Background: Clinical equipoise regarding preventative treatments for psychosis has encouraged the development and evaluation of psychosocial treatments, such as cognitive behavioural therapy (CBT).
Method: A systematic review and meta-analysis was conducted, examining the evidence for the effectiveness of CBT-informed treatment for preventing psychosis in people who are not taking antipsychotic medication, when compared to usual or non-specific control treatment. Included studies had to meet basic quality criteria, such as concealed and random allocation to treatment groups.
Results: Our search produced 1940 titles, out of which we found seven completed trials (six published). The relative risk (RR) of developing psychosis was reduced by more than 50% for those receiving CBT at every time point [RR at 6 months 0.47, 95% confidence interval (CI) 0.27-0.82, p = 0.008 (fixed-effects only: six randomized controlled trials (RCTs), n = 800); RR at 12 months 0.45, 95% CI 0.28-0.73, p = 0.001 (six RCTs, n = 800); RR at 18-24 months 0.41, 95% CI 0.23-0.72, p = 0.002 (four RCTs, n = 452)]. Heterogeneity was low in every analysis and the results were largely robust to the risk of an unpublished 12-month study having unfavourable results. CBT was also associated with reduced subthreshold symptoms at 12 months, but not at 6 or 18-24 months. No effects on functioning, symptom-related distress or quality of life were observed. CBT was not associated with increased rates of clinical depression or social anxiety (two studies).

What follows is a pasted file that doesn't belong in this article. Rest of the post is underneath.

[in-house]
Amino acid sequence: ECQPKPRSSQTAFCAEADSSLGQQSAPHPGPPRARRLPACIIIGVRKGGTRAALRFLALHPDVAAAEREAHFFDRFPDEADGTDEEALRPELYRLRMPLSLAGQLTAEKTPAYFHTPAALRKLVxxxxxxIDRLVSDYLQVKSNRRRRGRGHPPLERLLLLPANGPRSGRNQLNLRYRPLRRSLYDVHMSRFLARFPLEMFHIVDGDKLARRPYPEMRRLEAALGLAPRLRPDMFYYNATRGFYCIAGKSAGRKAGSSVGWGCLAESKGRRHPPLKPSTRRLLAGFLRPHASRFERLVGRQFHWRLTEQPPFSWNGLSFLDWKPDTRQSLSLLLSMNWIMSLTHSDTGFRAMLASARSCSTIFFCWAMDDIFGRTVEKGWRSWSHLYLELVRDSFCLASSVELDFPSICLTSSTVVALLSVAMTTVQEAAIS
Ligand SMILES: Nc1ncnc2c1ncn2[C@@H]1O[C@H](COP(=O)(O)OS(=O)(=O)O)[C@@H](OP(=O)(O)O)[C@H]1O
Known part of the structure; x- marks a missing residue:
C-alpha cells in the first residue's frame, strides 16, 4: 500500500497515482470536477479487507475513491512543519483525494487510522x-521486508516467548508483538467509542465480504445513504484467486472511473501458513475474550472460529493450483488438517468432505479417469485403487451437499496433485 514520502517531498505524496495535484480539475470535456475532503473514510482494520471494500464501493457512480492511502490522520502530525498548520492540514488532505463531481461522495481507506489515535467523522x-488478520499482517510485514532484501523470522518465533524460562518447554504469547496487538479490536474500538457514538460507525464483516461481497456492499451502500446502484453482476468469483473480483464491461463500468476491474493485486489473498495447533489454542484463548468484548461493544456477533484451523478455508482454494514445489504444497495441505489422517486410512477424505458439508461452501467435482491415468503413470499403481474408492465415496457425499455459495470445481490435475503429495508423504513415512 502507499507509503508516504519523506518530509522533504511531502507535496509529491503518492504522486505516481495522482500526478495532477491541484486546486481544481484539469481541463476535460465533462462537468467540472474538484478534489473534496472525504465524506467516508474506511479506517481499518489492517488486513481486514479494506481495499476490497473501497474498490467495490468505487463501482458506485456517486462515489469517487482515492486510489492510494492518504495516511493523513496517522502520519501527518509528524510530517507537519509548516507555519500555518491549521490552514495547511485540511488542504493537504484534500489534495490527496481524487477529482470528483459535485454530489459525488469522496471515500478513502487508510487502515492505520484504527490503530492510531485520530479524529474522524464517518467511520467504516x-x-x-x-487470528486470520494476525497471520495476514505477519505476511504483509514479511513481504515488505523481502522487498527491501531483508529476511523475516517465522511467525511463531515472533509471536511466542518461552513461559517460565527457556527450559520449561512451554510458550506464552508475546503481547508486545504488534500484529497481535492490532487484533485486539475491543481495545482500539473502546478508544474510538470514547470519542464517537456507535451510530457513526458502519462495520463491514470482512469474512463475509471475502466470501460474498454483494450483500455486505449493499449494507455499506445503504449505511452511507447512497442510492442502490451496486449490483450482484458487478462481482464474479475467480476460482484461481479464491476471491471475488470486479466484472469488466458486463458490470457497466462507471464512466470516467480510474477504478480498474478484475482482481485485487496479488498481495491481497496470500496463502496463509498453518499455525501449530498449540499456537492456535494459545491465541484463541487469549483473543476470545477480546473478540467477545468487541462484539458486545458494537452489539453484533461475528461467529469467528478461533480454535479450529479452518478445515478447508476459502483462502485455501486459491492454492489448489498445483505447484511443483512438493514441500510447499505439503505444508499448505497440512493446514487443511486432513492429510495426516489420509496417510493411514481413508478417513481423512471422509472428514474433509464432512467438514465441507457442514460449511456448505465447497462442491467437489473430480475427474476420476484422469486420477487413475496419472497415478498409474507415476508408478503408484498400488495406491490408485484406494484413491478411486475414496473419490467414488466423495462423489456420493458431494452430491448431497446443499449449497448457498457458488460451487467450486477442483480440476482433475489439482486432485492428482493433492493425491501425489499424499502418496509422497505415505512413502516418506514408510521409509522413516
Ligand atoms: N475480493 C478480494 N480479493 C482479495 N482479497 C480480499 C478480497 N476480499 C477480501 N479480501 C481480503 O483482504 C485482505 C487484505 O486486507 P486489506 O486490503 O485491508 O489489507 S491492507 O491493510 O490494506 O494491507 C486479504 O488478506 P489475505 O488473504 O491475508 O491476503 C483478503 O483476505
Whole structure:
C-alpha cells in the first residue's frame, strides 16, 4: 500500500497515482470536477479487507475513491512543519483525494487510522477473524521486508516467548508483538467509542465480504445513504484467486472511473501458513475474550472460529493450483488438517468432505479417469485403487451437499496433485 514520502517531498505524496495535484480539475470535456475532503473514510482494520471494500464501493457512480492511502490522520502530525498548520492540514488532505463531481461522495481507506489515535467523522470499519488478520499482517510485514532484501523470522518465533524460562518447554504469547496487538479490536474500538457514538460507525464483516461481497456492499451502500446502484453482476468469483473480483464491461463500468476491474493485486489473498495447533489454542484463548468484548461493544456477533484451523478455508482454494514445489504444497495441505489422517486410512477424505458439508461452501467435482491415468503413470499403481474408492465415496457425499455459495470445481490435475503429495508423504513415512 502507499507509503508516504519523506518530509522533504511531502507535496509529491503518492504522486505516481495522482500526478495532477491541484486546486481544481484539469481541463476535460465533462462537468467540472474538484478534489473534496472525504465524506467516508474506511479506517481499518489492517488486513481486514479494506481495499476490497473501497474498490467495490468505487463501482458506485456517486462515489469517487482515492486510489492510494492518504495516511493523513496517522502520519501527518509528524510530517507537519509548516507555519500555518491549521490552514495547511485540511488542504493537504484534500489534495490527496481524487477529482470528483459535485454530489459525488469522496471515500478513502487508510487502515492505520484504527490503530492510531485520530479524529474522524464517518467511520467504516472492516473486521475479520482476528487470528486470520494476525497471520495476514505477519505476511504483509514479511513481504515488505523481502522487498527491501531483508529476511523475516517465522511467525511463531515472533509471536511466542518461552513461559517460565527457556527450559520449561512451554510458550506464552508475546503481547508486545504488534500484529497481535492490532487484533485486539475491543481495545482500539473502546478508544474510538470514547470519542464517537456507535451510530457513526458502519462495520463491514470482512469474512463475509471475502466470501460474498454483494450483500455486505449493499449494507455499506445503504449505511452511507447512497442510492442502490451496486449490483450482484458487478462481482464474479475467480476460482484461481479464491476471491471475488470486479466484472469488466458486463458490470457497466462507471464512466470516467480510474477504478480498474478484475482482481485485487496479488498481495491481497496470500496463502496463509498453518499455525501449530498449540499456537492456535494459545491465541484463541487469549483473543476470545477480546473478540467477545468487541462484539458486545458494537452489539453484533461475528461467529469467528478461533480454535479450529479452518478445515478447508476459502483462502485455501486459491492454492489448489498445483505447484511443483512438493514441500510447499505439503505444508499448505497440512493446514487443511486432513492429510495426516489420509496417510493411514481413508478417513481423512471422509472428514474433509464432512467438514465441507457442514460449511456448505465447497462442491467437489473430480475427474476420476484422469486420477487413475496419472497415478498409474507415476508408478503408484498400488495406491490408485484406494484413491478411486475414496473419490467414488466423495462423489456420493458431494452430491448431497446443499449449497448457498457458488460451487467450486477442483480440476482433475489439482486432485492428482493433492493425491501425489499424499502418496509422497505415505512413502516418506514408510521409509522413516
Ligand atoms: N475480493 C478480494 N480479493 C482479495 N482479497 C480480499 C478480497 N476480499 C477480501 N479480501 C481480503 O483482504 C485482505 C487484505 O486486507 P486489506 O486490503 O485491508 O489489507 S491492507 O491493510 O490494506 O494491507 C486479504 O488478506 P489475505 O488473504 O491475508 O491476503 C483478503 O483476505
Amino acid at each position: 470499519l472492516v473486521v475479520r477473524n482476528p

Conclusions: CBT-informed treatment is associated with a reduced risk of transition to psychosis at 6, 12 and 18-24 months, and reduced symptoms at 12 months. Methodological limitations and recommendations for trial reporting are discussed.